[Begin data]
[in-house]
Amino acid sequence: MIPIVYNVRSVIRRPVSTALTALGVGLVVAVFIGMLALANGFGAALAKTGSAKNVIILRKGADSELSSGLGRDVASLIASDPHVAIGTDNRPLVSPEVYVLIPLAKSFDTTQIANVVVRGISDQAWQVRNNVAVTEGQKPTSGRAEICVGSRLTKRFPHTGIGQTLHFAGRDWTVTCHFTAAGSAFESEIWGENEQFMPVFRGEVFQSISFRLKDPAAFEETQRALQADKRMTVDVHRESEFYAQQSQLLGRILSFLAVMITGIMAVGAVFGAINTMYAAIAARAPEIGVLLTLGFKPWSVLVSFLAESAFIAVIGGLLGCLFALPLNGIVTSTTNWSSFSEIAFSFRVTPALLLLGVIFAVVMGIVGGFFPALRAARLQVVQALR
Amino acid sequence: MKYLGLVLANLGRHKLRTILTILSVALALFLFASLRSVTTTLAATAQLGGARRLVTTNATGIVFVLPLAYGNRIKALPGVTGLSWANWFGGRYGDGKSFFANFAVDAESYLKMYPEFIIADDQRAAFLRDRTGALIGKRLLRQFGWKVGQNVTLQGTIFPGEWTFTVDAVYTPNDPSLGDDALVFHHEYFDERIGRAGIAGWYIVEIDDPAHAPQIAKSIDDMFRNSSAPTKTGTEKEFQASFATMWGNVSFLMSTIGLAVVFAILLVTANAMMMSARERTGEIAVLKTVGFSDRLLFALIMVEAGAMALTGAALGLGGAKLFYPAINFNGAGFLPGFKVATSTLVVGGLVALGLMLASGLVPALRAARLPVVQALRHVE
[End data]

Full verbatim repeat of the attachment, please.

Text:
[in-house]
Amino acid sequence: MIPIVYNVRSVIRRPVSTALTALGVGLVVAVFIGMLALANGFGAALAKTGSAKNVIILRKGADSELSSGLGRDVASLIASDPHVAIGTDNRPLVSPEVYVLIPLAKSFDTTQIANVVVRGISDQAWQVRNNVAVTEGQKPTSGRAEICVGSRLTKRFPHTGIGQTLHFAGRDWTVTCHFTAAGSAFESEIWGENEQFMPVFRGEVFQSISFRLKDPAAFEETQRALQADKRMTVDVHRESEFYAQQSQLLGRILSFLAVMITGIMAVGAVFGAINTMYAAIAARAPEIGVLLTLGFKPWSVLVSFLAESAFIAVIGGLLGCLFALPLNGIVTSTTNWSSFSEIAFSFRVTPALLLLGVIFAVVMGIVGGFFPALRAARLQVVQALR
Amino acid sequence: MKYLGLVLANLGRHKLRTILTILSVALALFLFASLRSVTTTLAATAQLGGARRLVTTNATGIVFVLPLAYGNRIKALPGVTGLSWANWFGGRYGDGKSFFANFAVDAESYLKMYPEFIIADDQRAAFLRDRTGALIGKRLLRQFGWKVGQNVTLQGTIFPGEWTFTVDAVYTPNDPSLGDDALVFHHEYFDERIGRAGIAGWYIVEIDDPAHAPQIAKSIDDMFRNSSAPTKTGTEKEFQASFATMWGNVSFLMSTIGLAVVFAILLVTANAMMMSARERTGEIAVLKTVGFSDRLLFALIMVEAGAMALTGAALGLGGAKLFYPAINFNGAGFLPGFKVATSTLVVGGLVALGLMLASGLVPALRAARLPVVQALRHVE